Warren demands $22 million owed to student loan agent Navient

It’s not just US student borrowers who owe the federal government money. It is also one of the best loan managers.

Navient, one of the largest US student lenders, has owed the federal government $22.3 million for more than a decade and still hasn’t repaid it.

In a letter to Education Secretary Betsy DeVos, shared exclusively with Yahoo Finance, Sen. Elizabeth Warren (D-MA) urged her to rush to collect that amount from Navient.

“After massively overbilling the federal government in a years-long scandal…Navient has inexplicably continued to evade responsibility for defrauding taxpayers for years and still hasn’t returned that money,” Warren wrote. “Further delays or apologies are unacceptable: It’s time for you to hold Navient accountable and finally collect the $22.3 million the company owes taxpayers.”

Elizabeth Warren speaks at a rally in Brooklyn, New York in January 2020. (Photo credit: Joel Sheakoski/Barcroft Media via Getty Images)

This case now lies on your desk’

Navient’s payment is more than a decade late.

In 2009, a investigation by the Department of Education revealed that Navient, then known as Sallie Mae, overcharged the federal government by $22.3 million by abusing a program for small lenders.

The company had wrongly claimed special allowance payments on loans not intended for it (i.e. overcharging the federal government) and was asked by ED Office of Inspector General (OIG) return the money to the department.

The Federal Office of ED Student Aid has released a final determination in 2013, when he also asked Navient to repay that amount, but Navient never paid.

Warren wrote a similar post letter to the Obama administration in 2016, going nowhere. And since taking over as head of the Education Department under President Trump, DeVos has been criticized for being too close to loan officers like Navient and being too lax on regulating student loan policies, including limit CFPB access student loan information and change the borrower’s defense rule to make it more difficult to obtain relief.

Warren urged DeVos to act in the interest of the American taxpayer.

“This case is now on your desk waiting for you to act…you have a responsibility to the American people to make sure the company refunds the money it improperly collected,” she said. “Letting Navient discharge its debts, especially as you relentlessly pursue defrauded student borrowers, would be a blatant demonstration of your willingness to side with loan companies that are failing students and taxpayers rather than students and taxpayers…

I urge you to take action to finally end this saga and collect the $22.3 million Navient owes the American people.

Yahoo Finance has contacted the Department of Education and Navient for comment and has not yet received a response.

Education Secretary Betsy DeVos delivers remarks on the administration's efforts to increase school safety at the National Parent-Teacher Association legislative conference in Arlington, Virginia March 13, 2018. REUTERS/Aaron P Bernstein

Education Secretary Betsy DeVos delivers a speech on the administration’s efforts to increase school safety at the National Parent-Teacher Association legislative conference in Arlington, Va., March 13, 2018. ( Photo: REUTERS/Aaron P. Bernstein)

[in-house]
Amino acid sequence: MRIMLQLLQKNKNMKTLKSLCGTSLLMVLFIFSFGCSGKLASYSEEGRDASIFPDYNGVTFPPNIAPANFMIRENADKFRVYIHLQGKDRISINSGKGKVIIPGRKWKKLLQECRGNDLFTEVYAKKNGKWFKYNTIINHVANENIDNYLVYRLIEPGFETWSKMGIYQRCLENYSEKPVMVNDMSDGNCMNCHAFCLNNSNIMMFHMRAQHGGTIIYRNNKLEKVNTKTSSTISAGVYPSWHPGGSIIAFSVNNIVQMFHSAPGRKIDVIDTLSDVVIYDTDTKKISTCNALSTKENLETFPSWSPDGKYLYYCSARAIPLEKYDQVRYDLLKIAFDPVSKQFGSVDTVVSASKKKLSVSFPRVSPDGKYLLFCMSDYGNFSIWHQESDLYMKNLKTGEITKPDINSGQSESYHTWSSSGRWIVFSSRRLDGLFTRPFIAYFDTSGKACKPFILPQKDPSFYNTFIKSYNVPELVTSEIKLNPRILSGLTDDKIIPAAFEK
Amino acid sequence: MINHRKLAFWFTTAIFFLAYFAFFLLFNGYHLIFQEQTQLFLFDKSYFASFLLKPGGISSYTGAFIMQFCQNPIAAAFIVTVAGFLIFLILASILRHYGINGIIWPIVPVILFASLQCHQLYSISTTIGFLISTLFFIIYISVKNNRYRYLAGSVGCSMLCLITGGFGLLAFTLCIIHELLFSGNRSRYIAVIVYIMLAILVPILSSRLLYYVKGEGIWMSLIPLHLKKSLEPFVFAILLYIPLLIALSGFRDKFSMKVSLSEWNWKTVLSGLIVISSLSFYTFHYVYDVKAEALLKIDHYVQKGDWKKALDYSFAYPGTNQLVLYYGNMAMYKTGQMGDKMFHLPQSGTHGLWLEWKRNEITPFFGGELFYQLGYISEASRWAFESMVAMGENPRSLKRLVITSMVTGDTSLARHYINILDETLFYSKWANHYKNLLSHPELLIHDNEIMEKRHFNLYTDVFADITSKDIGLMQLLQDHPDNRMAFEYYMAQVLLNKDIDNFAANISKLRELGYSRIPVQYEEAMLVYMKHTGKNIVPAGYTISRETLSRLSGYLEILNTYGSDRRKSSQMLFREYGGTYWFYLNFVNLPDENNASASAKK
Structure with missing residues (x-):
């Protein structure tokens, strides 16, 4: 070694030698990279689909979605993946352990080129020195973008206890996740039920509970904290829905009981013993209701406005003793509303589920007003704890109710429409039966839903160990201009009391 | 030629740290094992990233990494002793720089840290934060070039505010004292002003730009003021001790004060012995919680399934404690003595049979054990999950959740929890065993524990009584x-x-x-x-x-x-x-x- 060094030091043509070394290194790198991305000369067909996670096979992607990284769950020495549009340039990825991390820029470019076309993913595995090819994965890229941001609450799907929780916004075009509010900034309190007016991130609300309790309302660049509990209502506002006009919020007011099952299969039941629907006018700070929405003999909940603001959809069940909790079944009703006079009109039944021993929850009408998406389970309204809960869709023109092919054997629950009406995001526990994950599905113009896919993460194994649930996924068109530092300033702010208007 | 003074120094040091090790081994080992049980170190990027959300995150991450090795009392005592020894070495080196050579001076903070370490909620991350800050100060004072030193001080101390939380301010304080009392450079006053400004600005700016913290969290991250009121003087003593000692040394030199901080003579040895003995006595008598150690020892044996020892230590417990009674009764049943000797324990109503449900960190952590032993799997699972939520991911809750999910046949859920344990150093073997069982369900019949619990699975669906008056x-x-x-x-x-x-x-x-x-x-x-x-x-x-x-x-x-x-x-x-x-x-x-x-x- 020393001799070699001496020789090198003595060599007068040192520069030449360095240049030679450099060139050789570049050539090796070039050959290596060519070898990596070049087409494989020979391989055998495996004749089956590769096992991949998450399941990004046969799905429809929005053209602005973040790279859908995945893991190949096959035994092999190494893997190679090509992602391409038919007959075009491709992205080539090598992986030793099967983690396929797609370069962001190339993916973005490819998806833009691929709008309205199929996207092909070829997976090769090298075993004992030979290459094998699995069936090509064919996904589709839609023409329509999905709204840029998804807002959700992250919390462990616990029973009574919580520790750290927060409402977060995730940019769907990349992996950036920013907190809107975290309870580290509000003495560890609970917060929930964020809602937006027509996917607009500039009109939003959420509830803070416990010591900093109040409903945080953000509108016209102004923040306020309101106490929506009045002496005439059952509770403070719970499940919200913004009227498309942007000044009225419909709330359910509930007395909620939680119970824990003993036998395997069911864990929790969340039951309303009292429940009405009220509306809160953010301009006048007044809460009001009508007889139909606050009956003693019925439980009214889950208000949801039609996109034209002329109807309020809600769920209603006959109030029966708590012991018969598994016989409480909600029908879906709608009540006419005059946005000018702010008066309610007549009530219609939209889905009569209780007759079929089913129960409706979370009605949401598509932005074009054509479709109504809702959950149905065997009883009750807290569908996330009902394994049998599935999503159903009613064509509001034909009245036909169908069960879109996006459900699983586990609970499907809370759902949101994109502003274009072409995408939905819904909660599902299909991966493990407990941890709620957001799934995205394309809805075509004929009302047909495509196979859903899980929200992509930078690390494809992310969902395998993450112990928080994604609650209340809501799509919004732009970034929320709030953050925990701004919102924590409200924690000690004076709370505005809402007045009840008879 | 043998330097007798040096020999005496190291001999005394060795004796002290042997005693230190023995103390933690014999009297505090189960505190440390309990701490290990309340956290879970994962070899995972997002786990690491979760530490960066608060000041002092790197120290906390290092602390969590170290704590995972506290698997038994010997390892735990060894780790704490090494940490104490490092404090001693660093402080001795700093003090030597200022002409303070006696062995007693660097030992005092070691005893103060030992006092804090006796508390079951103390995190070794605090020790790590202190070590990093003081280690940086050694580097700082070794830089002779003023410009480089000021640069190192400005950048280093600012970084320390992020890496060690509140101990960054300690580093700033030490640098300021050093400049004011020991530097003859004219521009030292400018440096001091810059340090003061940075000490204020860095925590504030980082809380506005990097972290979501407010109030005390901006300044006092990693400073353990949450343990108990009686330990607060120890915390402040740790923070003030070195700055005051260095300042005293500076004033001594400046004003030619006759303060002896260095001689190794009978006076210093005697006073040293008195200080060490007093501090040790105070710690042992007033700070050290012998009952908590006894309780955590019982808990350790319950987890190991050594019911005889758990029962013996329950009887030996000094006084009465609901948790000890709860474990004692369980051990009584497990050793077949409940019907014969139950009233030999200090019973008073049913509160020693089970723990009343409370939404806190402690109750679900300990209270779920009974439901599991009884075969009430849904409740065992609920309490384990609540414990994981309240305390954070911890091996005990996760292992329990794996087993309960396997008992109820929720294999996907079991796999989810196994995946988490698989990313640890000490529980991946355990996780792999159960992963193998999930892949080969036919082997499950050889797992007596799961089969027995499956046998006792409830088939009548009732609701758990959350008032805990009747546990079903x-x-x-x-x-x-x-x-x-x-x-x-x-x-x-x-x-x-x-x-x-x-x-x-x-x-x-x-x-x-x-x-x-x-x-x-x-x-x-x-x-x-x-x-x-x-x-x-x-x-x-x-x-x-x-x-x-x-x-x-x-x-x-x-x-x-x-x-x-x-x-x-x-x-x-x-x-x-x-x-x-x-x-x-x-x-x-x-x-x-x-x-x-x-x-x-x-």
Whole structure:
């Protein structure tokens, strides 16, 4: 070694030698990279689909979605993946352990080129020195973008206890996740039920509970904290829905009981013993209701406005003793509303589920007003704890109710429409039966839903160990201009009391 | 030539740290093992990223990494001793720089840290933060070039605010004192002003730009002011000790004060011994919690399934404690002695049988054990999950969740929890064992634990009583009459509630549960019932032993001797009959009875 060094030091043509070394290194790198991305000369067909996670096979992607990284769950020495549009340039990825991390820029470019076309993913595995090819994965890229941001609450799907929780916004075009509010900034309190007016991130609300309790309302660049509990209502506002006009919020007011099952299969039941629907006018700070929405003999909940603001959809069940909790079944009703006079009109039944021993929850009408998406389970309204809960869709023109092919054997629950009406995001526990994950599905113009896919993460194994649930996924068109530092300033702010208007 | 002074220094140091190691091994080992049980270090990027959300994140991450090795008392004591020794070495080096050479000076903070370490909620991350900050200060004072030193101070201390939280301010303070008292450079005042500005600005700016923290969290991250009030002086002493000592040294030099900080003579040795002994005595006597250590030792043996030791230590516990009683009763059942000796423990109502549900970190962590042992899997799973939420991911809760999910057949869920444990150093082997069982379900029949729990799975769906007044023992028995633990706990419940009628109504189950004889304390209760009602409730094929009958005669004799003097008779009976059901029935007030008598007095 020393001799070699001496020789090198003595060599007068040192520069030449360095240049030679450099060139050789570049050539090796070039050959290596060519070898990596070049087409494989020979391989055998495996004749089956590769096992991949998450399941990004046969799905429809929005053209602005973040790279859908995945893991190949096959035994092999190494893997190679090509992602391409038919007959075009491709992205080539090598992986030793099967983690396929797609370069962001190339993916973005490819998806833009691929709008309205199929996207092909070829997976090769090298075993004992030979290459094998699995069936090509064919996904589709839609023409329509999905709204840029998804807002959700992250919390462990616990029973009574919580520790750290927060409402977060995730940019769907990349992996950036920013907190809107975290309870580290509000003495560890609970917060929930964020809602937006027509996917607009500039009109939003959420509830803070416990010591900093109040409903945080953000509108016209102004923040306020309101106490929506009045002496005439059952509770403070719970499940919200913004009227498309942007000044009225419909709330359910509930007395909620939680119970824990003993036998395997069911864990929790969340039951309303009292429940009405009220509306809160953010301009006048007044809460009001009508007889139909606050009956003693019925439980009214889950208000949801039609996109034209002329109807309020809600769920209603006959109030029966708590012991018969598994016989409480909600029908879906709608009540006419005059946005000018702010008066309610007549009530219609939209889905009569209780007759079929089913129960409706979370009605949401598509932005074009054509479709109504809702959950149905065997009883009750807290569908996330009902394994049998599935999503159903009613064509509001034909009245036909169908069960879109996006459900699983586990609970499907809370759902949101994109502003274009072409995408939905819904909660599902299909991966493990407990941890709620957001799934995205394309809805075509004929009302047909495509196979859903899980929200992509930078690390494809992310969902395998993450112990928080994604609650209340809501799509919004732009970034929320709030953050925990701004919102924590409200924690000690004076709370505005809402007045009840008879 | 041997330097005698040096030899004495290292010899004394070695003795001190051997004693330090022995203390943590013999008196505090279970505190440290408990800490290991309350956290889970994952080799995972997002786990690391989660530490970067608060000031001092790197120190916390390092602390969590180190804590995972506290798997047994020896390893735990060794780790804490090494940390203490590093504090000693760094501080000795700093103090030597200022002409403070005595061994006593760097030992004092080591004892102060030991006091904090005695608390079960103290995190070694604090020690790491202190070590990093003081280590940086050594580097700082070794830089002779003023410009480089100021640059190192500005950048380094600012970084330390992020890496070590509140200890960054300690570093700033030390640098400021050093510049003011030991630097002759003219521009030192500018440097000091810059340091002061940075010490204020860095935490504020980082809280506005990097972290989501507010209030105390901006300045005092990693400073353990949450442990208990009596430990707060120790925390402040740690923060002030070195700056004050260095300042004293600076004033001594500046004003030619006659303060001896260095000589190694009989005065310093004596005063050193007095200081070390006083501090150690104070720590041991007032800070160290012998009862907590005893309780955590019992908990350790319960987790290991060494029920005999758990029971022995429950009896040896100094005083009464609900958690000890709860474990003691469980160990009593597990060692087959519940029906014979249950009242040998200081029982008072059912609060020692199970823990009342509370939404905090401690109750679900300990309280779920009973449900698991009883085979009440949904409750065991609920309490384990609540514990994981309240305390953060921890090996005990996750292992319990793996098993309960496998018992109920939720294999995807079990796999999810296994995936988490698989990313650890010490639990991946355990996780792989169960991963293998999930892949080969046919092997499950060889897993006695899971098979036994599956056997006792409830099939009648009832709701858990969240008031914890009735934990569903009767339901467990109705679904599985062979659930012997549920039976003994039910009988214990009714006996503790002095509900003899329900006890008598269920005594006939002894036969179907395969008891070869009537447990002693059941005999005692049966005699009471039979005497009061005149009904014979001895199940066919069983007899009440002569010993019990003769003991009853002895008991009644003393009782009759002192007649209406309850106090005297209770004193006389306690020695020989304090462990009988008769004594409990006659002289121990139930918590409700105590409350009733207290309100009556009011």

Navient stays provocative

Regarding Navient’s debts to the federal government, the company’s president and CEO, Jack Remondi, previously contacted DeVos and asked him to disregard Warren’s earlier letter, which claimed the same fact.

In the “fact check” portion of his letter, he said the unpaid fees of $22.3 million were “[f]alse and misleading.

He added: “This matter is non-service related and relates to subsidiary funding issued in 1993 and withdrawn over 10 years ago. These practices were consistent with emergency department guidelines and regulations. The company continues to support these billing practices as appropriate…Navient has gone through the authorized appeal process and is awaiting a final decision.

In its most recent 10-Q Ranking to the Securities and Exchange Commission, the company acknowledged the OIG audit, but added that it had appealed the judge’s decision to the secretary, adding, “We continue to believe that our billing practices SAP were appropriate…The Company established a reservation for this issue in 2014 and does not believe, at this time, that an adverse decision would have a material effect on the Company as a whole.

kyiv, UKRAINE - 2019/01/07: In this photo illustration the Navient Corporation logo seen displayed displayed on a smartphone.  (Photo illustration by Igor Golovniov/SOPA Images/LightRocket via Getty Images)

kyiv, UKRAINE – 2019/01/07: In this photo illustration the Navient Corporation logo seen displayed displayed on a smartphone. (Photo illustration by Igor Golovniov/SOPA Images/LightRocket via Getty Images)

Navient would have pushed borrowers to abstain

This is not the first time that Navient came under fire.

Navient was also sued in 2017 by the Consumer Financial Protection Bureau, a federal agency that Warren helped create, over allegations that he systematically encouraged student borrowers to forbear and failed customers”at each stage of the reimbursement.”

In a batch of court documents that were unsealed last year, it was revealed:

“Our battle cry remains ‘keep it out, keep it out, get them off the ball,'” a Navient executive said in the memo 2010. “In other words, we are very liberal with the use of forbearance once it is determined that a borrower cannot pay cash or use other entitlement programs.”

This case is still ongoing.

Aarthi is a writer for Yahoo Finance. She can be contacted at [email protected] Follow her on Twitter @aarthiswami.

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